The CDM has been used in Maine since 1972 and Nebraska since 1996, but, since both states have adopted this approach, the statewide winners have swept all of the state's districts in every election except 2008 and 2016. In 2008, Nebraska gave four of its electoral votes to John McCain, but Barack Obama won a single electoral vote from Nebraska's 2nd congressional district. In 2016, Maine gave three of its electoral votes to Hillary Clinton, but Donald Trump won a single electoral vote in Maine's 2nd congressional district. In neither case did the method have a substantive effect on the election; however, it was used in only two states - both with relatively small populations (and a correspondingly small number of electoral votes).
If the CDM had been used more broadly in 2016, it might have had a very interesting impact in some "swing states". For example, Michigan would have given 11 electoral votes to Trump and 5 to Clinton; Ohio would have gone 14 to 4 for Trump, and Pennsylvania 14 to 6 for Trump as well. Thus, in those three battlegrounds, which gave all of their combined 54 electoral votes to Trump, a CDM-based vote would have gone 39 to 15 in Trump's favor. Of course, California has as many electoral votes as those three states combined; however, Trump would have picked up 7 of the 54 electoral votes in California if the CDM had been used.
If we were to abolish the Electoral College completely, then every close election could involve at least one NATIONWIDE recount of votes. This would cause a repeat the lengthy process we witnessed in Florida in 2000 - but across the whole nation. Close elections could remain undecided for MONTHS on a regular basis. However, if we instead push to have electors apportioned proportionately in every state using the CDM, then recounts might only be required in very close races within individual Congressional districts - a much less onerous process. This would also mean that all states become worthy of attention since even those that go overwhelmingly for one party or the other might still have some electors that are "up for grabs". The Founders' vision would be more fully realized, and the voices of ALL citizens would have a chance to be heard.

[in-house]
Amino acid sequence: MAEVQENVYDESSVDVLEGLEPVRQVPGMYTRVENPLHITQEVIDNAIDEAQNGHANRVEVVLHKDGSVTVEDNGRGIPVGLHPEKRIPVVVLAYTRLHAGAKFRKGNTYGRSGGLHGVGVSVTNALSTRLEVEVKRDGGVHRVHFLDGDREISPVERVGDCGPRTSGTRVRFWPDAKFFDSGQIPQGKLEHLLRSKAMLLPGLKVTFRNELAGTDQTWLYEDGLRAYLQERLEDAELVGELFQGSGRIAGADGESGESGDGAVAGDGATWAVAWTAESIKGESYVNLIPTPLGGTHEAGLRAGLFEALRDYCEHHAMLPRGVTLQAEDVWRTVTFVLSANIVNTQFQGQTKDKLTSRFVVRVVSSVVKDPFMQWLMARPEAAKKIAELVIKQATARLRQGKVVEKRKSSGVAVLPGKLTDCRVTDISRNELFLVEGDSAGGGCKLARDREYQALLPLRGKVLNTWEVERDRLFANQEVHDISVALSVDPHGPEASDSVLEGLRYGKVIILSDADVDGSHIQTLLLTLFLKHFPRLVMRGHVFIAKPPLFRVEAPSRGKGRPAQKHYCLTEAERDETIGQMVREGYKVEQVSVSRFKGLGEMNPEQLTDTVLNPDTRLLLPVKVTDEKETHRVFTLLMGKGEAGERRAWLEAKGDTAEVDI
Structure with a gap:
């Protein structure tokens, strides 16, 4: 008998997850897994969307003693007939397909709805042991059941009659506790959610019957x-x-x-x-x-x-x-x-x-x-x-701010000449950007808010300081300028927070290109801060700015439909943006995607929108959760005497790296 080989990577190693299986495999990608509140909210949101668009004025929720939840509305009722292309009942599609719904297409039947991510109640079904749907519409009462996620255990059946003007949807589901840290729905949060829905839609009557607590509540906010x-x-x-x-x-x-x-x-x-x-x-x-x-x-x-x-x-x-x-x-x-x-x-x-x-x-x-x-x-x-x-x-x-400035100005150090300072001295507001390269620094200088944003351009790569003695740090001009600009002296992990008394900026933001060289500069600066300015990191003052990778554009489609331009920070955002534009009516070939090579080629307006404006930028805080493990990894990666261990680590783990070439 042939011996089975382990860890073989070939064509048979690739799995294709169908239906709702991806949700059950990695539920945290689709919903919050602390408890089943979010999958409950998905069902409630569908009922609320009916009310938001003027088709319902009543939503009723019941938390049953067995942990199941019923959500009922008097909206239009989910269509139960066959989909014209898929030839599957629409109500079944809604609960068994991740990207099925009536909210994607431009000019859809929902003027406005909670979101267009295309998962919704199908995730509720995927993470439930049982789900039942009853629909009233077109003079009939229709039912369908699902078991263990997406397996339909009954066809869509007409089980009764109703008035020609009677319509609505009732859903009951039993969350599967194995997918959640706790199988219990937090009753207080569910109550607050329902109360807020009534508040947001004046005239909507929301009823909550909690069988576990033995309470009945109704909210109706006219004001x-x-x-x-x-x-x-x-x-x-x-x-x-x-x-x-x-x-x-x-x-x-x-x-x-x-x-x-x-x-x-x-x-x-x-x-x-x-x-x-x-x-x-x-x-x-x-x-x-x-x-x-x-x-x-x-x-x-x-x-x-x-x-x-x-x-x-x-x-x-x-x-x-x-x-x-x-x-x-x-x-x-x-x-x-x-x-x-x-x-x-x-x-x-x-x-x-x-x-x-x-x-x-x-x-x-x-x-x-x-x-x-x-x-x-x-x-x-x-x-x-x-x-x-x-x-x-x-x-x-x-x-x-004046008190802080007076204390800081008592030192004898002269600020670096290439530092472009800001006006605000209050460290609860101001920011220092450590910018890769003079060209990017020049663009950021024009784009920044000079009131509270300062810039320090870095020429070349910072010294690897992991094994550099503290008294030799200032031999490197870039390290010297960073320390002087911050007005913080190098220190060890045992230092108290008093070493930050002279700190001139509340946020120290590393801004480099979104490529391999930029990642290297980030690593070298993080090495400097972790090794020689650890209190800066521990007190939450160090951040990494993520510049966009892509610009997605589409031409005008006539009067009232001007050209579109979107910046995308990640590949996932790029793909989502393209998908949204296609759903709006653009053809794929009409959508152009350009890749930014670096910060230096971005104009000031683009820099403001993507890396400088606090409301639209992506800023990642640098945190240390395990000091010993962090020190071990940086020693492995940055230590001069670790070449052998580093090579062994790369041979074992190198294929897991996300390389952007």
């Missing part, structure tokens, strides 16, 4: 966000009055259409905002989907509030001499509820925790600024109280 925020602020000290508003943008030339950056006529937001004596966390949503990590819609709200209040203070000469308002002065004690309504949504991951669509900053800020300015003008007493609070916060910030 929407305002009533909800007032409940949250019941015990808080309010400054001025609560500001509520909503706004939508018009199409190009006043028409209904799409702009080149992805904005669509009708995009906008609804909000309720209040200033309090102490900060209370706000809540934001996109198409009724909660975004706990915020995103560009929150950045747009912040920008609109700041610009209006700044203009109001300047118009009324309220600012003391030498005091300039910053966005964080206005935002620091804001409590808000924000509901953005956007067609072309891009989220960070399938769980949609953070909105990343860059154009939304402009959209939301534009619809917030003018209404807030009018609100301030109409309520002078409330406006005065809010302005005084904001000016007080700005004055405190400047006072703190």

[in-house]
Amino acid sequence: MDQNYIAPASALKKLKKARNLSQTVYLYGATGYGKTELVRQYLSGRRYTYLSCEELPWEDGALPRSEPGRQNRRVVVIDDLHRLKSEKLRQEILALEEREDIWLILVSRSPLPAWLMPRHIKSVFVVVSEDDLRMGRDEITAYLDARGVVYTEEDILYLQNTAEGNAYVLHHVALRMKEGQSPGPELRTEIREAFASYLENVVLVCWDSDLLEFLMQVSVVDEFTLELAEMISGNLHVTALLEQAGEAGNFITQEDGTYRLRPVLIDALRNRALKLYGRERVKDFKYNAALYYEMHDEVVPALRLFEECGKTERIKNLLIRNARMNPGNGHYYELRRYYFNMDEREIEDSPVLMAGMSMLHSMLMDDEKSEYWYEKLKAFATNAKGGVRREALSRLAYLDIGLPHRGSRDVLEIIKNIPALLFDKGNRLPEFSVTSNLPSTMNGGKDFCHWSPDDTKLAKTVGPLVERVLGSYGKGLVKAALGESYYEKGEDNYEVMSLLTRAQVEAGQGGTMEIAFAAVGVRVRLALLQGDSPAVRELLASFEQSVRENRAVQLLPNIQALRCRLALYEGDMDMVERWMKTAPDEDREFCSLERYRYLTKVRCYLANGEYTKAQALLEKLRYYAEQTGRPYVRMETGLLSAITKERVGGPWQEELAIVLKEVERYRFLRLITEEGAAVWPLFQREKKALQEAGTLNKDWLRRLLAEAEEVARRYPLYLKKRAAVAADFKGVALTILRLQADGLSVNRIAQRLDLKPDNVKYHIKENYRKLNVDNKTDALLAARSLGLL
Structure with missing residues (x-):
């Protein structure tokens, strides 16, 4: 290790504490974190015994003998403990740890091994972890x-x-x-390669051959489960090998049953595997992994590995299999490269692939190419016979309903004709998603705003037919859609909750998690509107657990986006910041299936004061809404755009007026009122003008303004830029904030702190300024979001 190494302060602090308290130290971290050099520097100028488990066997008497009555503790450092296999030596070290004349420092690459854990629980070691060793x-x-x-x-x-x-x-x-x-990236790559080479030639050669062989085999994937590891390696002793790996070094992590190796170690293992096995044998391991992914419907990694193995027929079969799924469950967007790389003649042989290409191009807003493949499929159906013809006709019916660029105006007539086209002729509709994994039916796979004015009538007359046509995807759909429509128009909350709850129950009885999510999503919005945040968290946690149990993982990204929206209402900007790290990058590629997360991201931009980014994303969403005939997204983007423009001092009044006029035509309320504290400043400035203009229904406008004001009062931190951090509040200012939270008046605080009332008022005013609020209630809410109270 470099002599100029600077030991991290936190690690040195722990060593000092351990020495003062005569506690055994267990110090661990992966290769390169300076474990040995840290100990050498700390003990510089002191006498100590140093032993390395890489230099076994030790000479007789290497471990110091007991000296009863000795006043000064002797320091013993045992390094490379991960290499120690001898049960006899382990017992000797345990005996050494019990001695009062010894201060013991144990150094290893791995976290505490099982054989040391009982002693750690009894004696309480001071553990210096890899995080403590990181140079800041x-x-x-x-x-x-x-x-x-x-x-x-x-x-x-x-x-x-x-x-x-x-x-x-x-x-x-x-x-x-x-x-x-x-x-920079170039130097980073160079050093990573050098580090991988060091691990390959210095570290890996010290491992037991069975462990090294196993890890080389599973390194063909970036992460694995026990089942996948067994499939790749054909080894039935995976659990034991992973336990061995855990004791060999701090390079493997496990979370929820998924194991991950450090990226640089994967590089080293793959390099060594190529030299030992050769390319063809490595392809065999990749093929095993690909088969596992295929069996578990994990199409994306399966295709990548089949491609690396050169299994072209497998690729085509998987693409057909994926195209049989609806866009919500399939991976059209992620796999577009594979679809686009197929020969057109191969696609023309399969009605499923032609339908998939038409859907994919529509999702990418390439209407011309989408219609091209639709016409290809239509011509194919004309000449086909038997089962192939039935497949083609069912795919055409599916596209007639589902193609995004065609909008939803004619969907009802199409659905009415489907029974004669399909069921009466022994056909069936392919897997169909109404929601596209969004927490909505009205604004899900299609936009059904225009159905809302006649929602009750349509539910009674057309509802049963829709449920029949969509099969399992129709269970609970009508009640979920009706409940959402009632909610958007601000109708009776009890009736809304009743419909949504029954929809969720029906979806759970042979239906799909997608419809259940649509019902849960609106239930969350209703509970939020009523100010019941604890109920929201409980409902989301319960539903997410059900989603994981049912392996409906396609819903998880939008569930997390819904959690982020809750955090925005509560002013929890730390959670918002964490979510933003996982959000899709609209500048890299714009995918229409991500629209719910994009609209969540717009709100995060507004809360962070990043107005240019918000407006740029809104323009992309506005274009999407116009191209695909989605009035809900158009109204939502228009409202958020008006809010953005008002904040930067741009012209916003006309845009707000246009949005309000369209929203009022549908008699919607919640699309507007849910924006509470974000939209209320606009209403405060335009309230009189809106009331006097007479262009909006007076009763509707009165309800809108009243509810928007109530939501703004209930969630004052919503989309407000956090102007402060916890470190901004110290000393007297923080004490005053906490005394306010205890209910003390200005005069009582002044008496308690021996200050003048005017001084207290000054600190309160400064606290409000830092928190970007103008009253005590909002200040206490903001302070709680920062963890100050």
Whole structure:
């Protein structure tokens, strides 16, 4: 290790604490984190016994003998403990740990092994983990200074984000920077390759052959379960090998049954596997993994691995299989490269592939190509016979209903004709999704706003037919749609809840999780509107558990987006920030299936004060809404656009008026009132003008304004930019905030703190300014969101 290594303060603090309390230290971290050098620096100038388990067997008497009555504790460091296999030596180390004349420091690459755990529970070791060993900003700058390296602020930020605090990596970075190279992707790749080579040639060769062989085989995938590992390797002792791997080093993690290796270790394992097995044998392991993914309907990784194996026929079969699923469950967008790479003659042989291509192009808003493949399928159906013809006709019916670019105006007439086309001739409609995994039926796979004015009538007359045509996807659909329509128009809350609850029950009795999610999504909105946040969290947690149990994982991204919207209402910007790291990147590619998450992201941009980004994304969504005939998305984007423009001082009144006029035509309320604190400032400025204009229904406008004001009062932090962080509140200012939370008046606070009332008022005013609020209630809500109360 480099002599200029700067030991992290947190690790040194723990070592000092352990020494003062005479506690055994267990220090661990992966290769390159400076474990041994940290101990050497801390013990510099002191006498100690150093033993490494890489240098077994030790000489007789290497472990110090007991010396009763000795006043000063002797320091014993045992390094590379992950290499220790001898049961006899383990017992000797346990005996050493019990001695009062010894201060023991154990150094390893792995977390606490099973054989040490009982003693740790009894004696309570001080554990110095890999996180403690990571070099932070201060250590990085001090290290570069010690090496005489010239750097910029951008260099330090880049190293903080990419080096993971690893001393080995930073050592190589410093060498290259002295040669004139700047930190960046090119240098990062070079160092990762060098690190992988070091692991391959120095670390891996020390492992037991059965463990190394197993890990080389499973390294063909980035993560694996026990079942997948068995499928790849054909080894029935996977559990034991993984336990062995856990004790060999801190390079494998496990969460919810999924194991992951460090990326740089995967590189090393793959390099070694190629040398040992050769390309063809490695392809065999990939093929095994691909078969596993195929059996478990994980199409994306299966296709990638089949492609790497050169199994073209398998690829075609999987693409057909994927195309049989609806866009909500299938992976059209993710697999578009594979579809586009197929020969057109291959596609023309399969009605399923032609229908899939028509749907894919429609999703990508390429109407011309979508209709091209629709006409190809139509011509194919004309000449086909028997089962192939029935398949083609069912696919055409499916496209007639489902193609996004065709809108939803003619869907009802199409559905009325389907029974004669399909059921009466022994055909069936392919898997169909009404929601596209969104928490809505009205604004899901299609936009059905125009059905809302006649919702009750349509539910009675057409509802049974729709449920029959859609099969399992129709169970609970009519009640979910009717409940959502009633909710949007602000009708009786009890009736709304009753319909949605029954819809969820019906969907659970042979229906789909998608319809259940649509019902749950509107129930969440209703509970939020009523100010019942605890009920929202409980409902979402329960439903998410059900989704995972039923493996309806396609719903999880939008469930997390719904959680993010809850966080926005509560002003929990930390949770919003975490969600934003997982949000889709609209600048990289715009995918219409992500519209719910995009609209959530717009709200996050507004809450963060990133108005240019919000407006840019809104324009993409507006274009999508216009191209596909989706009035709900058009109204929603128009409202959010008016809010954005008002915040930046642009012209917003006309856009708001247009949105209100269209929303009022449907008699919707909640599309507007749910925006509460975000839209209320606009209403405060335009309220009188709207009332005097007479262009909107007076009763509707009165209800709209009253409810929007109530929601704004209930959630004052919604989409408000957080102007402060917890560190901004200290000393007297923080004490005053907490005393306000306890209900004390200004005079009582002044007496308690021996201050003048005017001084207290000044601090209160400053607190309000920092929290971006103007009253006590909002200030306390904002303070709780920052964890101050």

There is widespread agreement that gerrymandering needs to be addressed as well. So, I would not want to dismiss what may be the most effective method of improving our electoral process simply because another "broken" part of our system makes it less than perfect in the short term. Let's hope that improving our government is an iterative and ongoing process, and that gerrymandering is also resolved in the not-too-distant future. I suggest you read what FairVote has to say and come to your own conclusions.
What we all certainly agree upon is that the current system is not an effective way of representing the will of ALL citizens, while protecting the rights of citizens in smaller states not to have their rights trampled upon. Get involved, get informed, and take action!